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Be a Pinball Wizard at Estate Sales

There was a time when the pinball machine seemed headed towards extinction, its bings and boops fading to a plinky whisper in the collective unconscious. The pinball manufacturing industry, once booming in cities like Chicago where it all began, have whittled down to two in the entire U.S.

Just two.

Nevertheless, pinball has hit a resurgence as arcades and barcades pop up in trendy areas, and games are still produced, often based on the latest movie or TV show.

There’s a great history in pinball. So much so that The Who wrote an entire rock opera about it. Tommy centers around a young man who can't see, hear, or speak, but, as the song suggests, he played a mean pinball.

That history includes innovation after innovation, and a long stretch from the 1940s to the 1970s where the machines were considered gambling , making them illegal in most large cities. Thanks to that prohibition, they became an icon of teenage rebellion.

And now it’s not uncommon to find reasonably-priced pinball machines at estate sales. Whether it’s from the estate of a lifelong, avid collector, or someone who just happened to have one in their den, they spring up from time to time. And they’re hard to resist. Just think—YOU could be the next “someone who just happened to have a pinball machine in their den,” also known as "the coolest house on the block." How amazing would that be?

 

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Maybe you’re on the hunt for a very specific game. Perhaps 1991’s The Shadow, with a young Alec Baldwin staring at you dreamily from the backbox, or the handsome (albeit a little less so, as it lacks a young Alec Baldwin) Black Hole from 1981. But if your experience with pinball is limited to a few fun-filled summer afternoons at TILT after your mom dropped off at the mall, desperate for a break from her lovable but moody teenage children, you should do some planning before showing up on the first day of a sale with a pickup truck and a dream.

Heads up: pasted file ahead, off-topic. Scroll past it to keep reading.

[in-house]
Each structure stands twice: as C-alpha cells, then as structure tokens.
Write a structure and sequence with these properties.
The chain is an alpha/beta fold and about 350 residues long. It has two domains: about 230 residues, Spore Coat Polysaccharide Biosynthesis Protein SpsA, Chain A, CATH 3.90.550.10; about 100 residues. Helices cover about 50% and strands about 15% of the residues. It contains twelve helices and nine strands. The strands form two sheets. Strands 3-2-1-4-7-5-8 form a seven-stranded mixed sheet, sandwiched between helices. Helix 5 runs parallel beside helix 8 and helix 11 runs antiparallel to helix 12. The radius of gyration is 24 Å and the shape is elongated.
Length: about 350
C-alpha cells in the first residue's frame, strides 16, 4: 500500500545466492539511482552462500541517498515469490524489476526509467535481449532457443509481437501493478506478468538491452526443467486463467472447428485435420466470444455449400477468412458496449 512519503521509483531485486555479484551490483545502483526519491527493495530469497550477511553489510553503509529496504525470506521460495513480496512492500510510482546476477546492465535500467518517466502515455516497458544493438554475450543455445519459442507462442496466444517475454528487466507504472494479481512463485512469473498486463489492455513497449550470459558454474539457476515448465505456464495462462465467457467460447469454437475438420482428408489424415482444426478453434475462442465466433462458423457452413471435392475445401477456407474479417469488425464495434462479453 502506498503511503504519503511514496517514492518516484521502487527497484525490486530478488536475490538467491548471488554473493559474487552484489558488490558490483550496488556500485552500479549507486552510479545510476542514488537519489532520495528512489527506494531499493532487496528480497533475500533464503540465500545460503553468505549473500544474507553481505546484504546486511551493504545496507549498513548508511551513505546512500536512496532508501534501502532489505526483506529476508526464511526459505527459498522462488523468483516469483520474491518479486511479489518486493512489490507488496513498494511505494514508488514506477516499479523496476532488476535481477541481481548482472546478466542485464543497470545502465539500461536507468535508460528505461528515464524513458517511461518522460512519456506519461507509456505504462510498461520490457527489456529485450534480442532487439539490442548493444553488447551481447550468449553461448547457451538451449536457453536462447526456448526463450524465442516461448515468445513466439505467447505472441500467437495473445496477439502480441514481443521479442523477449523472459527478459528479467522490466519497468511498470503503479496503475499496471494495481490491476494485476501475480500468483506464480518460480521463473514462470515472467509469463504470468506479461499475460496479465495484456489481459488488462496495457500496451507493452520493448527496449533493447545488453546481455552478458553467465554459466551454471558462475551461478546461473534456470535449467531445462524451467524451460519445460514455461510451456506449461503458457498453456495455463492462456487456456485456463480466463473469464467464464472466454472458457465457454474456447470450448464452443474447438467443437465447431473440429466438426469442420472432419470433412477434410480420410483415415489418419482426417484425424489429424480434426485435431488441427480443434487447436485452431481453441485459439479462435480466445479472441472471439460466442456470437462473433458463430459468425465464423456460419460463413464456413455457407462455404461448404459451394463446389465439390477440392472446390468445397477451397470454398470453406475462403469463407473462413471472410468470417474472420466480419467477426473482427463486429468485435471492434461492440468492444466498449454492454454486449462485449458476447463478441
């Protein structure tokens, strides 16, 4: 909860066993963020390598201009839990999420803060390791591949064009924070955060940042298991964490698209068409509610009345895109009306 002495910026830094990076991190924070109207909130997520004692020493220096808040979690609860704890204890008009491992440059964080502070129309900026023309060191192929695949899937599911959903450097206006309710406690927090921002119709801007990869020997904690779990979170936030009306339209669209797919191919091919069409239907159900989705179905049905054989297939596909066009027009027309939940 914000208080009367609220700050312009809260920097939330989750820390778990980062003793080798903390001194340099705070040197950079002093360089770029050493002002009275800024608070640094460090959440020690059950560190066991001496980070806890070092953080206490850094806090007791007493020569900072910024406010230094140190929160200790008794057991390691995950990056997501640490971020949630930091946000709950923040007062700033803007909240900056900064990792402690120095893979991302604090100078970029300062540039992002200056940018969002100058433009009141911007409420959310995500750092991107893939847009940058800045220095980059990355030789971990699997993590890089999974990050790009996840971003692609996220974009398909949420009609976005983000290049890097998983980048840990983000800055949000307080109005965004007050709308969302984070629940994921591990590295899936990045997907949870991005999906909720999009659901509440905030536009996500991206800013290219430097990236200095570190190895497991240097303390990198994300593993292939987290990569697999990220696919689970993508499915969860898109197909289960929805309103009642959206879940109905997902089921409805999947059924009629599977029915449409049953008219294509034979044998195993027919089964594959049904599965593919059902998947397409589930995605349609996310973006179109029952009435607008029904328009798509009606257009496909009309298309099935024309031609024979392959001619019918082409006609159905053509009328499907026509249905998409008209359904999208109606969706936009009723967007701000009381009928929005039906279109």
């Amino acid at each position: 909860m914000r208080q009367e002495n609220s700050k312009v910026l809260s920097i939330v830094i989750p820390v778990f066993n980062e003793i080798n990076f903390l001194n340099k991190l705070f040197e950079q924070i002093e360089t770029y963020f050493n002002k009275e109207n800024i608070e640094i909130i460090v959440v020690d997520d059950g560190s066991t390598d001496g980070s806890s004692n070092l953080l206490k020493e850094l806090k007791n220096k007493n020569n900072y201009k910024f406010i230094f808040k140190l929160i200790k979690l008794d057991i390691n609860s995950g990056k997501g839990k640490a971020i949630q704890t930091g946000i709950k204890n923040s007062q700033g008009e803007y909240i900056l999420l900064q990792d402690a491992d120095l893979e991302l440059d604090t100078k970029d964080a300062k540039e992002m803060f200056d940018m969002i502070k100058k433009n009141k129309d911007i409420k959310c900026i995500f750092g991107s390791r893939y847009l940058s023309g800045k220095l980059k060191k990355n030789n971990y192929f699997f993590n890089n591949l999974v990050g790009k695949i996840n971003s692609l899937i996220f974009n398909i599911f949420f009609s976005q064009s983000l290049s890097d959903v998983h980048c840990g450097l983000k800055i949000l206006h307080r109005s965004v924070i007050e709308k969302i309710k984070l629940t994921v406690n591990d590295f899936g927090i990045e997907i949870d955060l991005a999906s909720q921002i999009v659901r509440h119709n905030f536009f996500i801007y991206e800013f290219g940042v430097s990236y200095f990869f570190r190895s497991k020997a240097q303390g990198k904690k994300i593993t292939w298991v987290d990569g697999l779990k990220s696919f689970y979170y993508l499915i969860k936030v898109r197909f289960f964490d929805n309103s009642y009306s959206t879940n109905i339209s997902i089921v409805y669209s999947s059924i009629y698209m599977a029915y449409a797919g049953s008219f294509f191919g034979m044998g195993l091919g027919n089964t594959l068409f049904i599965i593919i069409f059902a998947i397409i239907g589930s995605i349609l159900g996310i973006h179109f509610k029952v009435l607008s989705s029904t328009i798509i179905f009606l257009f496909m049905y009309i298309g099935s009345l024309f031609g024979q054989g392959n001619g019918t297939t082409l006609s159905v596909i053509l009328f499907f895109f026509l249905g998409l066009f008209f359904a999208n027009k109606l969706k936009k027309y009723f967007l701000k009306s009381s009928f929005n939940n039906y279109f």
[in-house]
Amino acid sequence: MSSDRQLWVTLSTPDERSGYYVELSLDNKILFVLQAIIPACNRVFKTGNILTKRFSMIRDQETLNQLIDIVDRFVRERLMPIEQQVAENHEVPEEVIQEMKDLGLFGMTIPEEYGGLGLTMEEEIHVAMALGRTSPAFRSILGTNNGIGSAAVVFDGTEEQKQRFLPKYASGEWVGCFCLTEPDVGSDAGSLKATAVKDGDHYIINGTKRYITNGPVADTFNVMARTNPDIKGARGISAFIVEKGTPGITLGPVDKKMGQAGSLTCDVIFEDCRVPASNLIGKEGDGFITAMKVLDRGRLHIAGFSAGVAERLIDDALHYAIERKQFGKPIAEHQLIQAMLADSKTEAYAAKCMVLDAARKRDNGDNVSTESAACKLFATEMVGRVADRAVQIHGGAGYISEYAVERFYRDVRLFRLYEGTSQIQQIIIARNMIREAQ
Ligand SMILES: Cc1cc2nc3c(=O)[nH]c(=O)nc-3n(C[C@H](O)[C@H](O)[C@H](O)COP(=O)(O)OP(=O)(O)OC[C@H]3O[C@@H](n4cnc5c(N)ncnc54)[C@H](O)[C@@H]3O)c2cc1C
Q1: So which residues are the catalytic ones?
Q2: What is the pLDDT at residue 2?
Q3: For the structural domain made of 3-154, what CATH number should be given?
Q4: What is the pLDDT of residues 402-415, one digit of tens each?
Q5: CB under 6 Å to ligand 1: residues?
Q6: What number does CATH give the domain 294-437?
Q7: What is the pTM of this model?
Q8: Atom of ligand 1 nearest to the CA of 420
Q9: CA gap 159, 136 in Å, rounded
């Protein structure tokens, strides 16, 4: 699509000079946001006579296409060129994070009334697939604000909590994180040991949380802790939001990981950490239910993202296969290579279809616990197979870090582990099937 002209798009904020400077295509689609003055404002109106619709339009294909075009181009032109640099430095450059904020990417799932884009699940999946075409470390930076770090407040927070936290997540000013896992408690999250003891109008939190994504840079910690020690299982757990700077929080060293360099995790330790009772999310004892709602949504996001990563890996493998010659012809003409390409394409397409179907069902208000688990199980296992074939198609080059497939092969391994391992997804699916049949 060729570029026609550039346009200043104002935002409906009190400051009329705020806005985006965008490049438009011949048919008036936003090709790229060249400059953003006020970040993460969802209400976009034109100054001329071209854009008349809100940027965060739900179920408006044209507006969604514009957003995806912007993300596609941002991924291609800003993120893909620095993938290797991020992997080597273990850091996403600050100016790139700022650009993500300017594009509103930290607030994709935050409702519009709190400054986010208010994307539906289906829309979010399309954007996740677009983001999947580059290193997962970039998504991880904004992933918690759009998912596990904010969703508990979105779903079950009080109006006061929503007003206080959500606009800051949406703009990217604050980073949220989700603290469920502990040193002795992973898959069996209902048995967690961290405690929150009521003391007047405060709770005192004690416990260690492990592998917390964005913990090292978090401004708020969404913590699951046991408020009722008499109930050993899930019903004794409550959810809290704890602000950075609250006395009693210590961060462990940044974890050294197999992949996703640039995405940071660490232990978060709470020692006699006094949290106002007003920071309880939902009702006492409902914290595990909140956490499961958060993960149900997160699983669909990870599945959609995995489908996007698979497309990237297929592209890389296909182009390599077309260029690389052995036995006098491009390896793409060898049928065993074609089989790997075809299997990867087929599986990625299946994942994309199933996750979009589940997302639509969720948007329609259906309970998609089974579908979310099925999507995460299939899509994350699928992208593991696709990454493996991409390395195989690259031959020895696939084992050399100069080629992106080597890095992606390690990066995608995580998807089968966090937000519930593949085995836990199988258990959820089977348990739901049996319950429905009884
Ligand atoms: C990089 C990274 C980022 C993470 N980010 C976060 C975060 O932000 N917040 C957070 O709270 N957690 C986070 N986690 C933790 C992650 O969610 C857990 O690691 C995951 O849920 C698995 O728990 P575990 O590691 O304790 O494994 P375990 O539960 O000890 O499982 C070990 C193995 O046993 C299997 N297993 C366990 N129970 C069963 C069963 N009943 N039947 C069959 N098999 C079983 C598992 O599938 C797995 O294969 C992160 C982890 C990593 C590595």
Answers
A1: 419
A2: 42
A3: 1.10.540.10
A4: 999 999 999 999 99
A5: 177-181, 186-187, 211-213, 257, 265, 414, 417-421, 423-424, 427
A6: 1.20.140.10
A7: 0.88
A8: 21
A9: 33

Of course, having both those things is good, but you should be armed with information as well, so things don’t get out of hand. Be sure you’re prepared to trasport your machine home, and to care for it when it malfunctions. Which it will, eventually.

The style of game you wish to own, is, of course, completely up to you. Older machines may be a bit simpler mechanically, but just like your increasingly weird uncle Fergus, they can get quirky with age. When it comes to machines, as they get older, repairs will be needed. How down and dirty are you ready to get?

Eras

Pinball machines can be divided into two eras, according to Tim Arnold, curator of the Pinball Hall of Fame in Las Vegas, Nevada, the country’s largest not-for-profit pinball museum. There’s the “mechanical era,” which includes all machines built before 1978, “where the numbers flipped over, like the gas pumps and the rotary dial telephones,” he said. After 1978, “everything was run on circuit boards.”

 

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So before 1978, pinball tables were primarily electro-mechanical games. After 1978, games were referred to as “solid state,” controlled by microprocessors, and featuring digital displays instead of traditional scoring reels. By the 1990s, solid state games expanded to include dot matrix displays for scoring and low-resolution videos.

 

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“There’s a lot more of the newer circuit board style games than there are of the older, mechanical games,” Arnold said. “And each one has its own challenges.”